17 Jan – My British Friend

Well, hello everybody in F1 land. I hope you all had enjoyable holidays and such. I had a very nice Xmas, partied down for the new year, and now I am patiently waiting for the 2012 season to get underway. As has been my M.O. I blog or post only when I feel the contribution is meaningful or will provide an insight from my (American) point of view, hopefully that comes through despite the jokes, one-liner’s and the plagiarizing of Dave Chapelle’s favorite word “bitches.” And if you want some real F1 news, look for the links to the right under “F1 Sites”, they are the real bloggers.

As you could imagine, its sometimes difficult for me to find people to ‘talk F1’ here in the States. Whenever I do meet someone from abroad, admittedly I ask if they follow F1 before I even get to what they do for a living or anything else about them. Sometimes a barely detectable accent is all that is needed to get me going! I was fortunate enough to meet a British friend at work last year, once F1 came up it was full on man-love!

I got an email from this British friend, Jonathan Le Billion, the other day and I thought it was funny and insightful, so I am turning this post over to him as a guest editor.  Here is his email, un-edited. I hope you enjoy it.

-So, it’s mid January, two months away from the start of – what has the suggestions of being – an exciting season of Formula One. The 2012 season.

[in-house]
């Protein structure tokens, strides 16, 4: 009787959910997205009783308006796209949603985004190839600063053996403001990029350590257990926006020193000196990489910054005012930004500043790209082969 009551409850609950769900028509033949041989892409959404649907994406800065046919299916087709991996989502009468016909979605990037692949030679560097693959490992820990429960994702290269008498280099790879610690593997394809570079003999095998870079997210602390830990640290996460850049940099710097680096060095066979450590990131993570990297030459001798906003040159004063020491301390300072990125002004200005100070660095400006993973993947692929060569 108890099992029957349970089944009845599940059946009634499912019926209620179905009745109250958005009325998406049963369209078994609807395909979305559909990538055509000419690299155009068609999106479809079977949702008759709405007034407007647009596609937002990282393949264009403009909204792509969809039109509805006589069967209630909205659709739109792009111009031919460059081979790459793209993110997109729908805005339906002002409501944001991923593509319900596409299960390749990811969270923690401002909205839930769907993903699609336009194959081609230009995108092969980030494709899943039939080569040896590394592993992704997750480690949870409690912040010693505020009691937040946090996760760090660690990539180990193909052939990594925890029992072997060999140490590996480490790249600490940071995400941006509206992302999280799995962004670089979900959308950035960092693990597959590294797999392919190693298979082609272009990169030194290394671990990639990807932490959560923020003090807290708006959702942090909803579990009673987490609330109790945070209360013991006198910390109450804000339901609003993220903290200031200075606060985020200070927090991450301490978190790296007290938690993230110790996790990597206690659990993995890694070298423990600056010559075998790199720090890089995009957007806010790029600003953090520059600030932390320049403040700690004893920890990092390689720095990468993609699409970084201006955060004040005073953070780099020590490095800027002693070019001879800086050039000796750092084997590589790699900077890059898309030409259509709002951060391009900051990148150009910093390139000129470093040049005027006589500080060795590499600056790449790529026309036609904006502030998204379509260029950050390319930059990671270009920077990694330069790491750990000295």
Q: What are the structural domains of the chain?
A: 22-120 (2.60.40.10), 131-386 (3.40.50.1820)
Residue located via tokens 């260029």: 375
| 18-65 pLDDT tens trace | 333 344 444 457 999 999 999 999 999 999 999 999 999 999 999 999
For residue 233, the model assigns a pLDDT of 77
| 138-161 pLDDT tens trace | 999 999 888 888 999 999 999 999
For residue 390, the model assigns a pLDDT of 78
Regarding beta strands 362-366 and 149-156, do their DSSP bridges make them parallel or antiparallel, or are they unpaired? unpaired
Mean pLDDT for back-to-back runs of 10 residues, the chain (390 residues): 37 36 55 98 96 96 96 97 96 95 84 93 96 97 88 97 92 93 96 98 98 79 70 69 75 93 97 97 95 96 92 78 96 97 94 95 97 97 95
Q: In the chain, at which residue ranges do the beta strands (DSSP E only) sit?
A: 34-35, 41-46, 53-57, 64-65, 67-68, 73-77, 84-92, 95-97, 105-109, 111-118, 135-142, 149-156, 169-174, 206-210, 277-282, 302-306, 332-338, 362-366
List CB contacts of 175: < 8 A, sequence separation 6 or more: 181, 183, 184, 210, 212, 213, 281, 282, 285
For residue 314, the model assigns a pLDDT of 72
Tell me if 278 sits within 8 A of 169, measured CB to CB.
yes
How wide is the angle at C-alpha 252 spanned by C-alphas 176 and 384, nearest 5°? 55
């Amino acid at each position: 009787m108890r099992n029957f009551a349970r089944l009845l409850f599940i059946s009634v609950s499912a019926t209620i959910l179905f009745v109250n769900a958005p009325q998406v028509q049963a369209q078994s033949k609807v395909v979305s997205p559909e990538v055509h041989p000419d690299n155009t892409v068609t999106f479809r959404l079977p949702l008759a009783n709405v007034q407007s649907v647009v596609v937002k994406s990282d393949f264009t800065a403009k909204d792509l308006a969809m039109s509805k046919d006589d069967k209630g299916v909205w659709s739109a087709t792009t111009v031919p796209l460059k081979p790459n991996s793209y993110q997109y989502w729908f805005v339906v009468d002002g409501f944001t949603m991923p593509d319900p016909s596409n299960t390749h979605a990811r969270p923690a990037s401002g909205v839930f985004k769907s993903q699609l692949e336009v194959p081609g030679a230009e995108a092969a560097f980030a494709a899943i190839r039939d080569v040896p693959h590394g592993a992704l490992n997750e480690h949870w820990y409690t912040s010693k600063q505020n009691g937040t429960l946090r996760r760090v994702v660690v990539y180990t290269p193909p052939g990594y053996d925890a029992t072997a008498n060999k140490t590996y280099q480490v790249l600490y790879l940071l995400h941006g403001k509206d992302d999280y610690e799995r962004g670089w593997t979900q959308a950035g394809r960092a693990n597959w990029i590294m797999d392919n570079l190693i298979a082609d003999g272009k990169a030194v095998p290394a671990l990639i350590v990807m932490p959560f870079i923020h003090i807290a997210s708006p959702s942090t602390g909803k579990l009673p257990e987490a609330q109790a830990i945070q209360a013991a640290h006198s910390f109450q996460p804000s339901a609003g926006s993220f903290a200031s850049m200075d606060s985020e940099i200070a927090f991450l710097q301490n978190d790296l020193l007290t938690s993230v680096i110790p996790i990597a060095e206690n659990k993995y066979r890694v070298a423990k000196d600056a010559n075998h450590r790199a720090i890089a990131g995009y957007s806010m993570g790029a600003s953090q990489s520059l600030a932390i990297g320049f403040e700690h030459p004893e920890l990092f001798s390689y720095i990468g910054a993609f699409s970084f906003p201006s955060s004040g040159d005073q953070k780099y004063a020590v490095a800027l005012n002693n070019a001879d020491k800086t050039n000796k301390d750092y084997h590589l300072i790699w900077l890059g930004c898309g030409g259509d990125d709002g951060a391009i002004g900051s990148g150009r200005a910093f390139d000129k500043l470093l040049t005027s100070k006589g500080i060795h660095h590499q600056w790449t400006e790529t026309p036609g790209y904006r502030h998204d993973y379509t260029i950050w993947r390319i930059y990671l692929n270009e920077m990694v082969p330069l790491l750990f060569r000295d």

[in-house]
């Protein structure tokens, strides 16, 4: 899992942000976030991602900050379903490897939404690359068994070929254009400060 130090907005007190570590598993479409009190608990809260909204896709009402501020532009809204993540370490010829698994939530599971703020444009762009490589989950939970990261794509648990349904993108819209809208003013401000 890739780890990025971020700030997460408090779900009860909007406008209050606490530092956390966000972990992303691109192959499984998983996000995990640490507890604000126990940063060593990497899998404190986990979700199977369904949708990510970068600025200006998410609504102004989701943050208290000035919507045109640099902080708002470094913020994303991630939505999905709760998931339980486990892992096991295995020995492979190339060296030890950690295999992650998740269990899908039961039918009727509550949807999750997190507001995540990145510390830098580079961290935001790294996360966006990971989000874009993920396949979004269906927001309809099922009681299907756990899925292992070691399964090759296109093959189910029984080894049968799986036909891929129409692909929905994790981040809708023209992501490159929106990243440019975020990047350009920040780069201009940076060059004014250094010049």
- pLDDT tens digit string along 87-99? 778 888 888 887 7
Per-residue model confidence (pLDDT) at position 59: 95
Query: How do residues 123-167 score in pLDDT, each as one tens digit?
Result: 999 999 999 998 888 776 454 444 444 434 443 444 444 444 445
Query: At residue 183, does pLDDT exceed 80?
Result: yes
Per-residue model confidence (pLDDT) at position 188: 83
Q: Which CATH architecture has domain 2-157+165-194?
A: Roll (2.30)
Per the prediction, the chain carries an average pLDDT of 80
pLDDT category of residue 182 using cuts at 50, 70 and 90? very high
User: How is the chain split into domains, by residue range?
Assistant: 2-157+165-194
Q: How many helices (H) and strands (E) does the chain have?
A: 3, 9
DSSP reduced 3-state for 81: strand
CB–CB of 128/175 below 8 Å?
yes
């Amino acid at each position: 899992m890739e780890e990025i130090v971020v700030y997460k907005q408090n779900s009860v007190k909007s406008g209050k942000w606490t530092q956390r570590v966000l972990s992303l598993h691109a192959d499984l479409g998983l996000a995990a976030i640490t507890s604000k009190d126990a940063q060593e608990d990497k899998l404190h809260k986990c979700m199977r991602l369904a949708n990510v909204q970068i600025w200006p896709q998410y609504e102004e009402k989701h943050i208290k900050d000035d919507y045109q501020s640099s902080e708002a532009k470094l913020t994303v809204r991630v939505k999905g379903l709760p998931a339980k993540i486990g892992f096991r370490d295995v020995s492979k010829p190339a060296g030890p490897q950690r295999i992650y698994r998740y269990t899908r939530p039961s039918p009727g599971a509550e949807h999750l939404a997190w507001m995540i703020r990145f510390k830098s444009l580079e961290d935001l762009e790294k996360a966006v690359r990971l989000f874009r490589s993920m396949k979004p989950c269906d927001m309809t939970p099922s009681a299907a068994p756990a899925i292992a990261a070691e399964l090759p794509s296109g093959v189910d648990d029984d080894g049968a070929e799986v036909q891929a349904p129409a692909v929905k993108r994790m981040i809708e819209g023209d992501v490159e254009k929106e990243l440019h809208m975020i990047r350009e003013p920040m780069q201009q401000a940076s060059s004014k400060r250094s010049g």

With a few cars penciled to be unveiled within the next few weeks, and a few seats still to be picked up, where are we at?

Bruno Senna has (just) been named as the 2nd driver at Williams. Why did it take so long? Well, the official websites will say: because both parties had to fully scrutinize each other, meticulously checking nano data, so they could be as safe as possible in their knowledge that their potential, respective, new partner had all the aspects in place – and the hunger, oh let’s not forget the hunger – to take them into the bright new era of success.  They have to say this of course. It’s professional. It’s a business. It’s what shareholders need to hear.

We, of course, know it’s bollocks.

Williams wanted Sutil. They’ve wanted him since 2008. Why? He had financial backing, experience and a track record of beating his team mate (except, arguably, Fisichella in ’09) Unfortunately (and something I’d forgotten) Adrian Sutil had a case of Assault and of ‘causing grievous bodily harm’ waiting to go through the courts.

On Jan 13th, he was told he would stand trial.

On Jan 17th, 4 days later, Senna was named the new driver at Williams.

Williams were NOT waiting months, nit-picking through Senna’s track record. They were waiting for a German court to decide if Adrian Sutil would stand trial and potentially go to prison for a year. Executive Shareholders are not keen on criminals representing their brands. (Even if it was a Champagne glass that he broke to drag across Lux’s neck for calling him a fairy.)

I feel massively sorry for Sutil. F1 drivers live their lives and their, usually hugely, embarrassing mistakes in front of the world’s media. Lewis Hamilton – who has gone through most of his formative years in front of the British press – it seems doesn’t know who else to turn to, when he wants to talk about the fact he’s “a bit sad cos he finished with his girlfriend.” But 500 million people tune into F1. It’s very, very big business. It will take a big management/PR drive (from someone) to ever see him (Sutil) back in an F1 car.

Though, in truth, you can’t stab someone in the neck and expect to get away with it.

So Williams was not waiting. Teams WANT to get their drivers secured, so they can start building the car. The driver is the thing it’s built around. The only other reason teams would wait around would be for money, which brings me too:

HRT